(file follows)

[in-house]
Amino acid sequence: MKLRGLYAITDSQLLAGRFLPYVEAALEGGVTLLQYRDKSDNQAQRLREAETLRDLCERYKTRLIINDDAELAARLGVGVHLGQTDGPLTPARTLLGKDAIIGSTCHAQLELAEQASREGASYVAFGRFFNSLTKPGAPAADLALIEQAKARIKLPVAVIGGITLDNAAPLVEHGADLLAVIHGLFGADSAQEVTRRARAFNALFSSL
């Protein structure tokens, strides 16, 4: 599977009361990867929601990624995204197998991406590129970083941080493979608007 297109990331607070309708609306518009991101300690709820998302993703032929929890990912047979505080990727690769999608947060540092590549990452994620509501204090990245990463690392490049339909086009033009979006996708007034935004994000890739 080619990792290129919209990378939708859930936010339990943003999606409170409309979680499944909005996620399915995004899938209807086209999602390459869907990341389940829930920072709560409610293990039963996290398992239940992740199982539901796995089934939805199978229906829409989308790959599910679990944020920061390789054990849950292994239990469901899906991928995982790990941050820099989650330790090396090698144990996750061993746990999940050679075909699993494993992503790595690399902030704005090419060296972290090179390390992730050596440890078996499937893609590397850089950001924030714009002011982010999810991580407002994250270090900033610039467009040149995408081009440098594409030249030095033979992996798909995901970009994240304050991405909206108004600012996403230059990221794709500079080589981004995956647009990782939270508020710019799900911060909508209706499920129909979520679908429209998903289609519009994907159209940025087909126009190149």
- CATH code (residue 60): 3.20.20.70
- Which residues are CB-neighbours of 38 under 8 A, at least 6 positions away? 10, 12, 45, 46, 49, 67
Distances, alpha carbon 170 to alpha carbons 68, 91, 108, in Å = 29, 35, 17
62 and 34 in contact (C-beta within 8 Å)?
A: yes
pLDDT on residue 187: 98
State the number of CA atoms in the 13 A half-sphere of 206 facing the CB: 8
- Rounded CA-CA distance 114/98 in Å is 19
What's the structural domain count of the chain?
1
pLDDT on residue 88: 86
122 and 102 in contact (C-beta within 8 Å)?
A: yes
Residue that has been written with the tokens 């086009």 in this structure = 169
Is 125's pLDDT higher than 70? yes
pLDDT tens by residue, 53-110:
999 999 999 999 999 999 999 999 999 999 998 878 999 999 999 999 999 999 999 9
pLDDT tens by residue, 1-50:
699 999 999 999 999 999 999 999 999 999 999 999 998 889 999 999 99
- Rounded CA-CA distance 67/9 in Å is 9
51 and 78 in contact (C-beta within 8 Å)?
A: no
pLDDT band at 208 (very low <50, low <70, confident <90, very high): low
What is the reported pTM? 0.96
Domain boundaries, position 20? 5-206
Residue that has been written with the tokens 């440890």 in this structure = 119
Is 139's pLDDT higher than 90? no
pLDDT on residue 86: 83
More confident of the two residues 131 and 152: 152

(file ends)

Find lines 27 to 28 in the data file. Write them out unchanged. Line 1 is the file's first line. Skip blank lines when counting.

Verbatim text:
What is the reported pTM? 0.96
Domain boundaries, position 20? 5-206